Florence man believes he sees new Garden, plans journey to Egypthttp://www.trivalleycentral.com/florence_reminder_blade_tribune/news/florence-man-believes-he-sees-new-garden-plans-journey-to/article_6495e992-d8b1-11e4-bba6-434ea441e438.html#.VWC_78nzRK8.twitter
Posted: Thursday, April 2, 2015 1:00 am
On NASA’s website, you can see a picture of Egypt’s Giza Plateau and the pyramids taken from space.
The teeming city of Cairo on the left side of the screen abruptly stops for the barren brown desert of the plateau on the right.
Gary Parker of Florence sees more here than initially meets the eye. Viewing it on a laptop screen that he can tilt toward his knees, he sees the archangel Uriel and his fiery sword.
As his gaze moves rightward, he sees the tree of knowledge. God embraces a baby lamb with his left arm; his right hand is placed in a comforting gesture on Eve’s back. Adam appears to be kissing God’s right hand. Adam and Eve are a dark-skinned, attractive couple of apparent Middle Eastern heritage.
Still continuing his gaze to the right, Parker sees the serpent. This is the easiest image to spot on the desert topography. By tilting the screen in a dark room, the serpent’s eyes become alight with fire.
These images don’t jump out in sharp relief; they’re more like seeing people and animals in clouds. But Parker believes what he’s seeing is the new Garden of Eden.
He’s sure enough that he’s planning a trip to the Giza Plateau. He wants to be there exactly three years to the day the photo was taken — July 26, 2015 — at noon.
He plans to say a chant that he hopes will gain him entry to the Garden, where he hopes to collect 195 leaves from the tree of life. The leaves, one for each nation on Earth, will rid the planet of war and disease, and “heal the nations of the new Earth,” he said.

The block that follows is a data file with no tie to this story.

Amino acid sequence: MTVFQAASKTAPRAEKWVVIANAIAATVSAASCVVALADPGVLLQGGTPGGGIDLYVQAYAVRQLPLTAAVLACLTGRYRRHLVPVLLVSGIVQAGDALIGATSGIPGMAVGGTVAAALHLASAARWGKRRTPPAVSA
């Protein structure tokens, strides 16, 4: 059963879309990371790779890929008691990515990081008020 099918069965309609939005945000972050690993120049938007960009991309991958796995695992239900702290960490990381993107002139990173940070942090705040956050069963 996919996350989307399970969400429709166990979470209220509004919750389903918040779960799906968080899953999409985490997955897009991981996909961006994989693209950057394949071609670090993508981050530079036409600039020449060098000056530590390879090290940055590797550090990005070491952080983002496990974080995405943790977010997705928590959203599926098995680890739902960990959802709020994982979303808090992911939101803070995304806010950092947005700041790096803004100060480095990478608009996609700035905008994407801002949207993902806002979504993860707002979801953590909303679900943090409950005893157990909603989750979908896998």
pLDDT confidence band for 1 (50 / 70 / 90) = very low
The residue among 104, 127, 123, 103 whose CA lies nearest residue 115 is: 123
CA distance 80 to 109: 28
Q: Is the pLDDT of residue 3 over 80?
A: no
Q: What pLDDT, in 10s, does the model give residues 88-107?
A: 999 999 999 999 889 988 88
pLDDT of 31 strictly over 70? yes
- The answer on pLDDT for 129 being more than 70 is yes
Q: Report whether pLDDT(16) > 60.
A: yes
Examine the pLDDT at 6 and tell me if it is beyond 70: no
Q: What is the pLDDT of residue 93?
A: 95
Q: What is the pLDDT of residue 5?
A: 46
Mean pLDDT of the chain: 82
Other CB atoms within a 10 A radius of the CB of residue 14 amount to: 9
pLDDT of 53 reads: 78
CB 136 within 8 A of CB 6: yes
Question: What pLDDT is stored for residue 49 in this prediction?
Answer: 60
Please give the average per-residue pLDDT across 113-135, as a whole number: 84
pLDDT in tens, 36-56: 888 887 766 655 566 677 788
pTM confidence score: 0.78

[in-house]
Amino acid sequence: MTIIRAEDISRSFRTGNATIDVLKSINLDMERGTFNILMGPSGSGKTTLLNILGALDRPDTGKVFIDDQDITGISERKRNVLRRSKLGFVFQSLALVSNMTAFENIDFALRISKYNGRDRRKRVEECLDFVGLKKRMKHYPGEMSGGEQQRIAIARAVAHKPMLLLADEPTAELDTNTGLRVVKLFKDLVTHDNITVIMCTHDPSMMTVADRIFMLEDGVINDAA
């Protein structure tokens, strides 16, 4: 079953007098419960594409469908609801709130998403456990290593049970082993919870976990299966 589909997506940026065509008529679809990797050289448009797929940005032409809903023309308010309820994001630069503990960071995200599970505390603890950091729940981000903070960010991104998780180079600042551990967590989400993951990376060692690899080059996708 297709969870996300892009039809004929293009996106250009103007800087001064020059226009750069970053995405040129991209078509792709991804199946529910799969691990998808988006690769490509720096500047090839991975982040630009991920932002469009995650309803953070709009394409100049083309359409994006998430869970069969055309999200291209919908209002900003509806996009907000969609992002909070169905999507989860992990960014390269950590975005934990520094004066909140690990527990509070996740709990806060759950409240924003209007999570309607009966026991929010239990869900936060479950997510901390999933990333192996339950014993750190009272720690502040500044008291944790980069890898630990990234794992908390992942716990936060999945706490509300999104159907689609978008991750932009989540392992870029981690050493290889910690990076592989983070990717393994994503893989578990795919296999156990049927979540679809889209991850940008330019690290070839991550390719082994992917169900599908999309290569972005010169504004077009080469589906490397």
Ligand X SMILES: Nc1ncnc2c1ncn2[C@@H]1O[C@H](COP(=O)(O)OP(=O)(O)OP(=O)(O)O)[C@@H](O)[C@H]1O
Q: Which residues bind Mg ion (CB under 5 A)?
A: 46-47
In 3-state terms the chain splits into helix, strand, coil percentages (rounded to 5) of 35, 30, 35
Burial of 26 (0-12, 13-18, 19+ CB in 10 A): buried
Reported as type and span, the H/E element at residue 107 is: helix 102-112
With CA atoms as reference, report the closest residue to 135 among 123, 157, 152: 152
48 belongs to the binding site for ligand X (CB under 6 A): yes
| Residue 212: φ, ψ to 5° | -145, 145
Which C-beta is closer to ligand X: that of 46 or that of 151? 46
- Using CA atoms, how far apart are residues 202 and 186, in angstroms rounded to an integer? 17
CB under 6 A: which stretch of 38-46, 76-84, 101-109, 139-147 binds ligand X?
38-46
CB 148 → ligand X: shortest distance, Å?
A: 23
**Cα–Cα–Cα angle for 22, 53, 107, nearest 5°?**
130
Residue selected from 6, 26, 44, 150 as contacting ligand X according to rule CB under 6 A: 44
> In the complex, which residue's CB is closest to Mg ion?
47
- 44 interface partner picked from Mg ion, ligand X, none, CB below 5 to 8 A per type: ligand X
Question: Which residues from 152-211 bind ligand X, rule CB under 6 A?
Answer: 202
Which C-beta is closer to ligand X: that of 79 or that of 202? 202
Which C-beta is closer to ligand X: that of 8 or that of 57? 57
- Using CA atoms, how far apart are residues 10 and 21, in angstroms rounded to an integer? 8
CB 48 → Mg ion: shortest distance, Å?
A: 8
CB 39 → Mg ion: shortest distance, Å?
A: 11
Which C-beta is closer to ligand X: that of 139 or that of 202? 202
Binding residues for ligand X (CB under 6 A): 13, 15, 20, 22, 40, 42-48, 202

The 22nd chapter of the Book of Revelation begins:
“And he shewed me a pure river of water of life, clear as crystal, proceeding out of the throne of God and of the Lamb.
“In the midst of the street of it, and on either side of the river, was there the tree of life, which bare twelve manner of fruits, and yielded her fruit every month: and the leaves of the tree were for the healing of the nations.”
Parker said each nation must receive a leaf, but, “They don’t tell you how they’re going to be dispersed. That’s where I come in.”
He plans to bring a video crew to record the adventure.
If there’s any chance it could be true, Parker said he has to try. “What kind of schmuck wouldn’t want to heal the nations of the world?” he asked.
But the bright verdant scene depicted in Revelation doesn’t sound much like today’s Giza Plateau, which Wikipedia describes as “a sandy, desert climate and terrain with little vegetation.”
Parker said he’s trying to organize a meeting with a bishop, a rabbi, a Muslim imam and an LDS clergyman.
“They all need to know this, and help fund the mission,” he said. One imam he has already showed the picture to said he couldn’t be involved because “it goes against the Quran,” Parker said.